This Week in Photography Books: Sigrid Ehemann

 

It’s cool to be funny.

Funny has power.

It’s why a female comic with frizzy hair and a high-pitched voice went from little-known, to globally famous a few months ago. As I don’t regularly watch The Daily Show, (despite what a recent column suggests,) I certainly hadn’t heard of her before the Huckabee-Sanders-Kerfluffle of 2018.

(Try saying Huckabee-Sanders-Kerfluffle five times fast. I could only make it to four.)

Anyway, I was re-watching “Back to School” with my son last night, and unsurprisingly, it held up. (As did “Dirty Rotten Scoundrels,” which we saw last month.)

Rodney Dangerfield, a fellow Jew, was a genuinely strange-looking guy. From our contemporary vantage-point, there is no f-ing way that anyone who looks like THAT would ever be the romantic lead in a comedy.

Ever.

But still, Rodney pulled it off, bug-eyes and all. (Seriously, he bugged out his eyes A LOT.)

And Sam Kinison, another not-looker with very strange style, (and crazy hair,) also held his own on the screen. (They don’t make them like that anymore.)

Funny has gravitas because it is often a coded way of speaking truth to power. (Or in Ms. Wolf’s case, not-so-coded.)

Funny allowed Donald J Trump to become the third most powerful man in the world. (Xi Jinping, Putin, then Trump, if we’re counting.)

Trump uses funny to disarm, but also because it allows him to say and do terrible things, and then deny he meant them.

“I was only kidding. Locker room talk.”

“I didn’t openly mock a disabled person, even though they caught it on tape.”

“God, why are you so serious. Can’t you take a joke?”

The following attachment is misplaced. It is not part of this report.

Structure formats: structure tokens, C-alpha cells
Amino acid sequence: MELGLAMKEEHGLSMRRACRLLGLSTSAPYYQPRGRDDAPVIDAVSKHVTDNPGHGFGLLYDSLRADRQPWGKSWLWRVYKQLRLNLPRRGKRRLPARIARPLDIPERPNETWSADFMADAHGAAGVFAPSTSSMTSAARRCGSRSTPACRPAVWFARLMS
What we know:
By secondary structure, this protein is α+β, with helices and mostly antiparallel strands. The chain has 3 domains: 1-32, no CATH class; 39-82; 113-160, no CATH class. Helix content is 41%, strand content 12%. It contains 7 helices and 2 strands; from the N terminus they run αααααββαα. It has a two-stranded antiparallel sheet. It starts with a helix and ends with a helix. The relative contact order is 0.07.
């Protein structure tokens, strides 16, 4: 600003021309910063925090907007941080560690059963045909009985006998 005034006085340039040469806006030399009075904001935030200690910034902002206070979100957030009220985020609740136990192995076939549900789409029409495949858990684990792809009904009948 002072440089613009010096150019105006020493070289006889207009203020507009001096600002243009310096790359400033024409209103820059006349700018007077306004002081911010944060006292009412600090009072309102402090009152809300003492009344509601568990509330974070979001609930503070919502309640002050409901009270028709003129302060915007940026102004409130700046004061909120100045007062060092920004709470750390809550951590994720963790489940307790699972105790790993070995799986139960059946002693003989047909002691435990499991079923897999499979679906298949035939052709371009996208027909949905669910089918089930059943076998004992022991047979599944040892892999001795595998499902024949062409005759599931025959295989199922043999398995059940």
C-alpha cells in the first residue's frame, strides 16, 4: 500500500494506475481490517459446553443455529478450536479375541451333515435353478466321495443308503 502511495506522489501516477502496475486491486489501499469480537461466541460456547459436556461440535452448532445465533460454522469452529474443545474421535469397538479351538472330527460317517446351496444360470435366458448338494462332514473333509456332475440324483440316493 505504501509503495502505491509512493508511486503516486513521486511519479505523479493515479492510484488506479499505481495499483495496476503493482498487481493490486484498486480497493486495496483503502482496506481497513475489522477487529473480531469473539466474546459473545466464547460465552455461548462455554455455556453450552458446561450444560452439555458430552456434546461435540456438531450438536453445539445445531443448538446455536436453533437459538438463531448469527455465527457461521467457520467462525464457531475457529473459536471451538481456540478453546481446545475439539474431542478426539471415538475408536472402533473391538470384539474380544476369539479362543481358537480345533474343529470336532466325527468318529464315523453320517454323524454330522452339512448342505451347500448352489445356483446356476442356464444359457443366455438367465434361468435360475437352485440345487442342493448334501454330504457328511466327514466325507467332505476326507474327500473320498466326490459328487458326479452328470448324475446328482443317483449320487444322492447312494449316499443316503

Funny is entertaining, and Trump honed his entertainment skills on NBC for ten-ish years before being famous and polished enough to claim his ultimate prize.

We all need to lighten up a bit, IMO, even in the face of a scary world. Because neither Trump, nor Putin, is coming into your living room this evening.

Nor are they coming into your kitchen. (Shout out to John Raztenberger, who’s an avowed Republican.)

It’s OK to have fun, crack jokes, and enjoy your life, even if you hate the President. Frankly, when I heard Tony Bourdain had killed himself, I wasn’t surprised at all.

In a recent episode in Uruguay, he’d said that Happiness was a sickness, and that he hated happiness and happy people. (I’ll find the segment and quote it, if I have time. It’s still on my DVR. I can’t bring myself to watch the episodes that aired since he died, nor can I delete them.)

Humor is powerful, but also a rational response to the irrational parts of human nature. Our logical brains are strong, but as much of what we do, and the outcomes of our collective efforts make no sense, (private prisons?) having a laugh, as the English say, can be wise as well as cathartic.

Speaking of English, I’ll have to ask Sigrid Ehemann why her new “Pussy Magazine” is written entirely in English, when she’s German. (Based in Dusseldorf.)

The obvious answer is that it’s the world’s default language, and she wants it read around the world.

Still, it’s curious there’s no German within, isn’t it?